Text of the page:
. . .The tabloids consistently assert that morality is foundering. It is untrue. People are as loyal, brave and dedicated to their moral duties- to their families, lovers and street gangs- as ever. It’s just that bigger communities and nations have been engulfed in a sea of apologetic gurbledum babble. We are no longer meant to serve our own because we are no longer permitted to identify our own. Morality surely starts out as a simple deal. We are more effective as a team, I won’t kill you or steal from you as you sleep if you will reciprocate. That way we can both sleep. This extends in time to family, village, town, and ultimately, nation. . . But two things are essential to this deal. The link between self interest and pack interest must be clear and the limits of the pack must be clearly defined. There must be an ‘us’ and a ‘them’. . . We identify our pack- family, tribe, club, class, ultimately nation- by common terms of reference (culture), costume, and above all, language. . . With language comes not just identification, but empathy. The cries of a friend cause pain and protectiveness. The cries of an enemy evoke, at best, indifference. To what entity do we belong in a gurdledum world? With whom should we feel empathy? To experience pain with every ant in the grass is to cripple ourselves and so to dilute morality as to render it meaningless. When a child is brought up with no link to a culture or history. . . With no sense that, in serving her community, she is either furthering a cause to which she is committed or advancing herself within a recognizable group, why on earth should she serve?

Why on earth indeed.

I would highly recommend either, or both of these books to anyone who enjoys history and is concerned with our own Bureaucratic nation. Donald Trump and Nigel Farage know each other well.

* * * *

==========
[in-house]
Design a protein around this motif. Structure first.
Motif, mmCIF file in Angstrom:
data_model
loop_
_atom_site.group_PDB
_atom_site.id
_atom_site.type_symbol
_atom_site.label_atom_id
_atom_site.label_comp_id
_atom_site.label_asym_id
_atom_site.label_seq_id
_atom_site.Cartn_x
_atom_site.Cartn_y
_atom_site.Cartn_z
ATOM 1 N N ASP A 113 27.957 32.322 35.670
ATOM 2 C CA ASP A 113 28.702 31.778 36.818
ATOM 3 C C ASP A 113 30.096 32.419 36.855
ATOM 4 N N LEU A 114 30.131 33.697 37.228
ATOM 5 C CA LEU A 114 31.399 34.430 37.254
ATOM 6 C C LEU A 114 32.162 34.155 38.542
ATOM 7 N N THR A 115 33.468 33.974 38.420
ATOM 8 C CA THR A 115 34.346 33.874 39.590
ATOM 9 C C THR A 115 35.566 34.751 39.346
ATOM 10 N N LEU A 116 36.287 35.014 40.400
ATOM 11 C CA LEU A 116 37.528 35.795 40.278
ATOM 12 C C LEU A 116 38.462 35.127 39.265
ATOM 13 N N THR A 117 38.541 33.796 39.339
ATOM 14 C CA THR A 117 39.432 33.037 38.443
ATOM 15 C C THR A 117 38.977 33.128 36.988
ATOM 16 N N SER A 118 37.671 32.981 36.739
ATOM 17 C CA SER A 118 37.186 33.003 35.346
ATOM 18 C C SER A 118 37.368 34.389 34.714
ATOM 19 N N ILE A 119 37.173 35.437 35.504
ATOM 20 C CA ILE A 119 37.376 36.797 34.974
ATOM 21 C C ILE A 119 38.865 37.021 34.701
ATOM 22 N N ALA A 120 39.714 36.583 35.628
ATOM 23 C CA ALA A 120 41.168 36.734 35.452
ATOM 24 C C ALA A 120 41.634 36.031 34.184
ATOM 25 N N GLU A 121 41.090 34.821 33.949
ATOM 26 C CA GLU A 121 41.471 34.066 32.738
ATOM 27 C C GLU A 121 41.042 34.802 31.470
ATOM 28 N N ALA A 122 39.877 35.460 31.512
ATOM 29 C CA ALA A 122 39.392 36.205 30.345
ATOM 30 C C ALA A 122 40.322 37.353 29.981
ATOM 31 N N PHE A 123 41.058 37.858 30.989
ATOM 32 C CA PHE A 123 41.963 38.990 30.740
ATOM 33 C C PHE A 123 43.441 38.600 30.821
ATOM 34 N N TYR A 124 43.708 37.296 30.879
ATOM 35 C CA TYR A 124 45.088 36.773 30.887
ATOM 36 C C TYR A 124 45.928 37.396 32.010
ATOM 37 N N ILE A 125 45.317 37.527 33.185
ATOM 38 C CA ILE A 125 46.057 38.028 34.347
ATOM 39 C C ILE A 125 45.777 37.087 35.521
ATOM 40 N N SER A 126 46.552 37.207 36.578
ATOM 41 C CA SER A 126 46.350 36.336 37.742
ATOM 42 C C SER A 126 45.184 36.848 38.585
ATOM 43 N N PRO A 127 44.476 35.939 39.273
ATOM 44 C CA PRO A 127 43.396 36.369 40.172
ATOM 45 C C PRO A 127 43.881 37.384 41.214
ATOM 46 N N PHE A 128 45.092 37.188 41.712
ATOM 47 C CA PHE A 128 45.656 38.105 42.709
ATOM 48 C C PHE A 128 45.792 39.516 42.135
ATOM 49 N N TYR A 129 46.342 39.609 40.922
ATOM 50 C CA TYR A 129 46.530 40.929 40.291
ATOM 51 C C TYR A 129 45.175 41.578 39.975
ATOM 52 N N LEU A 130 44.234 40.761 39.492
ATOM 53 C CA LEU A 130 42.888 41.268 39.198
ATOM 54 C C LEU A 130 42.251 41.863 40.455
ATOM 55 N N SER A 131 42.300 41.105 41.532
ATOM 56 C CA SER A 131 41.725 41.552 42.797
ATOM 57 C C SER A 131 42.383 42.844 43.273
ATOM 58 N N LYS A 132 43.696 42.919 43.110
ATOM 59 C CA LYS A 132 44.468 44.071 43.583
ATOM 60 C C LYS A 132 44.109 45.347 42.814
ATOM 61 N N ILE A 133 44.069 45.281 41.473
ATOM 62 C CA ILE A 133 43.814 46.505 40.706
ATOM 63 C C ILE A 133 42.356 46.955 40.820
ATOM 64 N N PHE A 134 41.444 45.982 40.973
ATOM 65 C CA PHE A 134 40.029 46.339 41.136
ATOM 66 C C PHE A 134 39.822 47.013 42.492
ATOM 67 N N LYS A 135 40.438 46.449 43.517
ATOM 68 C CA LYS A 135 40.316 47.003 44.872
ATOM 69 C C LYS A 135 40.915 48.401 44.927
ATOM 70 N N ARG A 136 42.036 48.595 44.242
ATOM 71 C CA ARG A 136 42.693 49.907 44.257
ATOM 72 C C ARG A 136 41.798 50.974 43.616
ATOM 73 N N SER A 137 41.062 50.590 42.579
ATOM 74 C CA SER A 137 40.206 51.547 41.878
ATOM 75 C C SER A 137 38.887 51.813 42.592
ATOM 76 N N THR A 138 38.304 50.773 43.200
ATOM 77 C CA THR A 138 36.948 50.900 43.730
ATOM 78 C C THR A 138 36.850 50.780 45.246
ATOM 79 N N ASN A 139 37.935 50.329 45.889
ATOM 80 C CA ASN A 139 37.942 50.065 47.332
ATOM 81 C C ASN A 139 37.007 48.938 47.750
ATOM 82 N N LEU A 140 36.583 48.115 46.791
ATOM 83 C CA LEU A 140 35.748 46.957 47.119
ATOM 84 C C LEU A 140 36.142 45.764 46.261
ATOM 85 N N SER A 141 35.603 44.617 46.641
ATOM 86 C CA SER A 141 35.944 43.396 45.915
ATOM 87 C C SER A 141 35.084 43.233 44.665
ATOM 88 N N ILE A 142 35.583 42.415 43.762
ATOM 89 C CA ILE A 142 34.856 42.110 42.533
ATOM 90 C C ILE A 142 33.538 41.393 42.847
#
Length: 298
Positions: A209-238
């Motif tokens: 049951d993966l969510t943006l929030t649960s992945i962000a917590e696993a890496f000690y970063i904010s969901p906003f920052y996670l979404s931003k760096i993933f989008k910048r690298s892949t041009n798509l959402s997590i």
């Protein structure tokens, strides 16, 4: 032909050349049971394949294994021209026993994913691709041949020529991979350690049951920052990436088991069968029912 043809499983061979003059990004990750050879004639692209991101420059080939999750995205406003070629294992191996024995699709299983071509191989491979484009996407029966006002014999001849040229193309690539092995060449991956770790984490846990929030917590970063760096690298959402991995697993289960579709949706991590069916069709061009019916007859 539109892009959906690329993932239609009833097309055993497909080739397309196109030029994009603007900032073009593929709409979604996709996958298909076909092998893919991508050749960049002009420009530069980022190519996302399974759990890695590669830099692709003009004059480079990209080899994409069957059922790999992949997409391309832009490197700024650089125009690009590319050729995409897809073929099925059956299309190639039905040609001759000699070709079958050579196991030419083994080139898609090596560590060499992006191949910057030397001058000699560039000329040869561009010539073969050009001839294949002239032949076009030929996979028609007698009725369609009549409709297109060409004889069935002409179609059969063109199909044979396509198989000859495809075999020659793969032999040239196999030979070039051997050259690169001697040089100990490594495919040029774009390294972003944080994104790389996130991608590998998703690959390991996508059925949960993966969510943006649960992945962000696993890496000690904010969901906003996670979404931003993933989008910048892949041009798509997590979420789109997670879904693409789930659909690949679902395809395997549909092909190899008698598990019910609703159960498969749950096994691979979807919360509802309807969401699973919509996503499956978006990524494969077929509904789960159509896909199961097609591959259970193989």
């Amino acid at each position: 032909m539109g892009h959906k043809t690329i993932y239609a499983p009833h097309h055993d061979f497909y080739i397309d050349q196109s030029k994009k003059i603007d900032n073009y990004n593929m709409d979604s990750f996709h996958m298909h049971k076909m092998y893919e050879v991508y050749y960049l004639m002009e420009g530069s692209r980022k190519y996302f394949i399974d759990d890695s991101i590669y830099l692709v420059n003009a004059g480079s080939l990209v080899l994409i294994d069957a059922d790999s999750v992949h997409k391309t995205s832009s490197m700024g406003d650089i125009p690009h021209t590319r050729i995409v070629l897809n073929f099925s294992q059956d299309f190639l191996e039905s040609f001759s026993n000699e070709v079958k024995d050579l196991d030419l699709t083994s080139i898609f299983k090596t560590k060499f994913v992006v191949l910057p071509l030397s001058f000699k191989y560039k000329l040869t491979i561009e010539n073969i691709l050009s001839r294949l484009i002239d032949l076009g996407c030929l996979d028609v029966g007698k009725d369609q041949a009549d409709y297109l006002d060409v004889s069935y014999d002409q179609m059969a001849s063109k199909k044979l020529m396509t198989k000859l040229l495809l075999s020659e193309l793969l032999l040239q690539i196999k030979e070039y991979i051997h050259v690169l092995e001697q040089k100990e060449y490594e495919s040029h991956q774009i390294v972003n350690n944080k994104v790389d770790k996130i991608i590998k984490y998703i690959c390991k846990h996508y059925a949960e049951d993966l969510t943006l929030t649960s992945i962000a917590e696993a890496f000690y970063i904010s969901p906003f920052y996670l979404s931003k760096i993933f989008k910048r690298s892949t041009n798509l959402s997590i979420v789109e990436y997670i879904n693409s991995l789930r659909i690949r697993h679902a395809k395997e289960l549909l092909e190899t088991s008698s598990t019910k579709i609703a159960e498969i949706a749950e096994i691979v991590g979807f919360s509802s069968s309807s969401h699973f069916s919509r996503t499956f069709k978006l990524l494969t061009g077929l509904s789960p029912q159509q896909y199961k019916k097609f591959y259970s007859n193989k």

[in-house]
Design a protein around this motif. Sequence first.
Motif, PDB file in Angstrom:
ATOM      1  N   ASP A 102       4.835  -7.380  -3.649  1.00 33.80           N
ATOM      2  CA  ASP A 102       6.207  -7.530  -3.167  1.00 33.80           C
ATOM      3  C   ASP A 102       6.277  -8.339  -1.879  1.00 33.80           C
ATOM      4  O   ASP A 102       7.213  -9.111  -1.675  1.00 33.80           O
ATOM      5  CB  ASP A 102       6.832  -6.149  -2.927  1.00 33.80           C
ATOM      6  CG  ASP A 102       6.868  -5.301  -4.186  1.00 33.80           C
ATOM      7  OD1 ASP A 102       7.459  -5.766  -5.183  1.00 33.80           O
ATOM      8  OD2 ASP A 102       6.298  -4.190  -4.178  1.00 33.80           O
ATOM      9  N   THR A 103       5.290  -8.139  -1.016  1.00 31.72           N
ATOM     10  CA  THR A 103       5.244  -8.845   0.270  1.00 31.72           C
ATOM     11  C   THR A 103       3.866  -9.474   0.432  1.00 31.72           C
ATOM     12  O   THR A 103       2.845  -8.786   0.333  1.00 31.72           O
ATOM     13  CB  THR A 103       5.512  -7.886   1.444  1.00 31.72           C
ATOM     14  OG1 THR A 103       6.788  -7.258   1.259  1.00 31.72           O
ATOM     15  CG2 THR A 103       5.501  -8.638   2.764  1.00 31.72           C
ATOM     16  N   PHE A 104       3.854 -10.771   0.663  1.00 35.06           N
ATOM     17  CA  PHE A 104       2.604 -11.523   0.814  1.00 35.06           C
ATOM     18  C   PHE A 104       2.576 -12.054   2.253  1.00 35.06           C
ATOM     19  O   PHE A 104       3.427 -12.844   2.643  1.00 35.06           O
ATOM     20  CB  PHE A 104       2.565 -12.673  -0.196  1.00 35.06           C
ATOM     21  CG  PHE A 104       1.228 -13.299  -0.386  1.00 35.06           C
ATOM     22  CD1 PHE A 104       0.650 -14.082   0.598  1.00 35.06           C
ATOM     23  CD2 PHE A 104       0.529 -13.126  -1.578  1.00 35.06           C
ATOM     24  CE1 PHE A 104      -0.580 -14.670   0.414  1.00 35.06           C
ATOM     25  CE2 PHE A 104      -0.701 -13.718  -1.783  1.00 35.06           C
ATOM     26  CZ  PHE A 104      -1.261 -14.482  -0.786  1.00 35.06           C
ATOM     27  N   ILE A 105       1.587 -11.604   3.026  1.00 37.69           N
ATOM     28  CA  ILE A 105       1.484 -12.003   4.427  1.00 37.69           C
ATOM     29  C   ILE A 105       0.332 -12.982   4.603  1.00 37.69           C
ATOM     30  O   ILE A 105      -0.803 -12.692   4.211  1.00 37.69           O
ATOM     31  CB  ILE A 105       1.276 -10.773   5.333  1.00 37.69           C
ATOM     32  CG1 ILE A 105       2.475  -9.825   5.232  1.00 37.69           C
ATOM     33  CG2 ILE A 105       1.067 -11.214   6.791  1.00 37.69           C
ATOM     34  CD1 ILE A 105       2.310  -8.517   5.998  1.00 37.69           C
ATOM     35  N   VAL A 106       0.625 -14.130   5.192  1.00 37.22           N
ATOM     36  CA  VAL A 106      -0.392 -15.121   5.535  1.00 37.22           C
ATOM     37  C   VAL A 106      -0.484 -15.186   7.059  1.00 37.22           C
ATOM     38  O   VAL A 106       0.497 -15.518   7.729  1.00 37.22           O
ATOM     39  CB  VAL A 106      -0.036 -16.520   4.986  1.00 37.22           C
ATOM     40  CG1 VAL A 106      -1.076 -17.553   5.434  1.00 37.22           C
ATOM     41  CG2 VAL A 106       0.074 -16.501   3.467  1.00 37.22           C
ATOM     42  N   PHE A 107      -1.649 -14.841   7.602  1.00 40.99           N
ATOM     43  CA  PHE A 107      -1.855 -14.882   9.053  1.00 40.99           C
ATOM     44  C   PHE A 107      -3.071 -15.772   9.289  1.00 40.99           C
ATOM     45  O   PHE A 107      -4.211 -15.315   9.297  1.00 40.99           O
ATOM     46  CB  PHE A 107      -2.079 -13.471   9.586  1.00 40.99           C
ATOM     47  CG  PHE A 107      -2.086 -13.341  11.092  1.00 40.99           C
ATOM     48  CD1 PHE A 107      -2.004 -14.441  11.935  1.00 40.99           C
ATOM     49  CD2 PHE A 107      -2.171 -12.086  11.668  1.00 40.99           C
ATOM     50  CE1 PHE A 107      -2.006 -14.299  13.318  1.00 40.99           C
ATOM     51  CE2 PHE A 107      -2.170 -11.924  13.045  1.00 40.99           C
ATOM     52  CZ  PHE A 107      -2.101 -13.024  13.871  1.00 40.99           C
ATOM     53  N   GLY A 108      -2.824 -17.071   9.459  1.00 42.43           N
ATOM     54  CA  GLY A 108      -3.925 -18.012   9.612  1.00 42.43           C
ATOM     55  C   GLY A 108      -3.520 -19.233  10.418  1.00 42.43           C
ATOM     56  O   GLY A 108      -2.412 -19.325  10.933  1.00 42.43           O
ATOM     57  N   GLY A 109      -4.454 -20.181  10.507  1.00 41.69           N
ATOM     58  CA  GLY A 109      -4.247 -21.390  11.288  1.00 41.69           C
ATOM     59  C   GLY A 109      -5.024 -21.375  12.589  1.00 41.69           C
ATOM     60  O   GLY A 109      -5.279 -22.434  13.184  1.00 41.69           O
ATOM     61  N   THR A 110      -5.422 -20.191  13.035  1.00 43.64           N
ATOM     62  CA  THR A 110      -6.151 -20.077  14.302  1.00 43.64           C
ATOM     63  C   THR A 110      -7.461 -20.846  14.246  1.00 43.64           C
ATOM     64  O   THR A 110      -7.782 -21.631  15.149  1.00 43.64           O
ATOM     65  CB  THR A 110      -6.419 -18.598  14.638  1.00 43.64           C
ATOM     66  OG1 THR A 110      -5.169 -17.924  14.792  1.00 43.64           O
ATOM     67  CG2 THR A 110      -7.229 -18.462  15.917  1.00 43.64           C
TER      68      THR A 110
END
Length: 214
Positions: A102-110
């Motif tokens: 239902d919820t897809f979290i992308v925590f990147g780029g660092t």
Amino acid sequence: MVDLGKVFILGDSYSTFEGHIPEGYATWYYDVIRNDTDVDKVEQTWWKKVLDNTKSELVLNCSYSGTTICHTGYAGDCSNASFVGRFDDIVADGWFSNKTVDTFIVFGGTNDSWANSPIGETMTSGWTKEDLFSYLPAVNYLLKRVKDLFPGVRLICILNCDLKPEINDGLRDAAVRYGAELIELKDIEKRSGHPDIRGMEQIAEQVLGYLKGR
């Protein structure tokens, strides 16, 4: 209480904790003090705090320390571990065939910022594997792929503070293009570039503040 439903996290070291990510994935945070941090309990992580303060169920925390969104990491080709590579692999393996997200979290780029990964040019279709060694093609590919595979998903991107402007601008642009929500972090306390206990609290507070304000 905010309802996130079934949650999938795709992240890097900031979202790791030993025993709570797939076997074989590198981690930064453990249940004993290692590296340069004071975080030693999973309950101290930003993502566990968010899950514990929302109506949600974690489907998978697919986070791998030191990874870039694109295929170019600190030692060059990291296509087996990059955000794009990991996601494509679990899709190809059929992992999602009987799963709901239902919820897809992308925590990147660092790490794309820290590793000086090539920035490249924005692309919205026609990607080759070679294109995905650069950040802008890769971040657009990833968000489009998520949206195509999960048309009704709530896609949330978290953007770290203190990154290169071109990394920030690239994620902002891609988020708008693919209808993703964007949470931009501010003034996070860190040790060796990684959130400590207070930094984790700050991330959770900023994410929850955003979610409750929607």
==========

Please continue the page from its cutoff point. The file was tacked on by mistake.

Coda: Since listening to Mark Steyn’s problems with CRTV I was distressed to hear him say that he may have to leave the U.S. Evidently the company fraudulently told customers that he “tore up his contract.” Besides refusing to let him in his new studio, or paying the bills, and all but bankrupting him. He said money from his “Feline Groovy” album was all he was living on. People who subscribed to CRTV from all over the world were demanding refunds. But, but, but, earlier today I saw an ad for CRTV and, for the first time there were pictures of both Michelle Malkin and Mark Steyn. I hope they were smart enough to reinstate a better contract for Steyn. But I intend to pray for him anyway. He’s filling in for Rush on Monday, so he may say something then. We can still pray anyway. • (522 views)

Share
This entry was posted in Book Reviews. Bookmark the permalink.

8 Responses to A Double Book Review

  1. Kung Fu Zu Kung Fu Zu says:

    A couple of corrections.

    1. Nigel Farage was never an MP in the British Parliament. I believe the UKIP has only won a couple of such seats and only in the last election. Farage’s (and the UKIP’s) success has been as a Member of the European Parliament. The UKIP has over 20 such Members.

    2 Farage was a founder of the UKIP. He left the Tories after John Major agreed to most of the Masstricht Treaty. It might be argued that he joined the Anti-Federalist League, but I think it would be accurate to say that when he came on the decision was made to change party name and a new party was formed.

    3. The Tories and Labour Party are the main political powers in Great Britain. Tony Blair who was Prime Minister for about 10 years and worked with George W. Bush in the Gulf War was from Labour. The Liberal Party hasn’t been much of a player since Llyod-George, but they did have something of a comeback in the 1990’s and early 2000’s.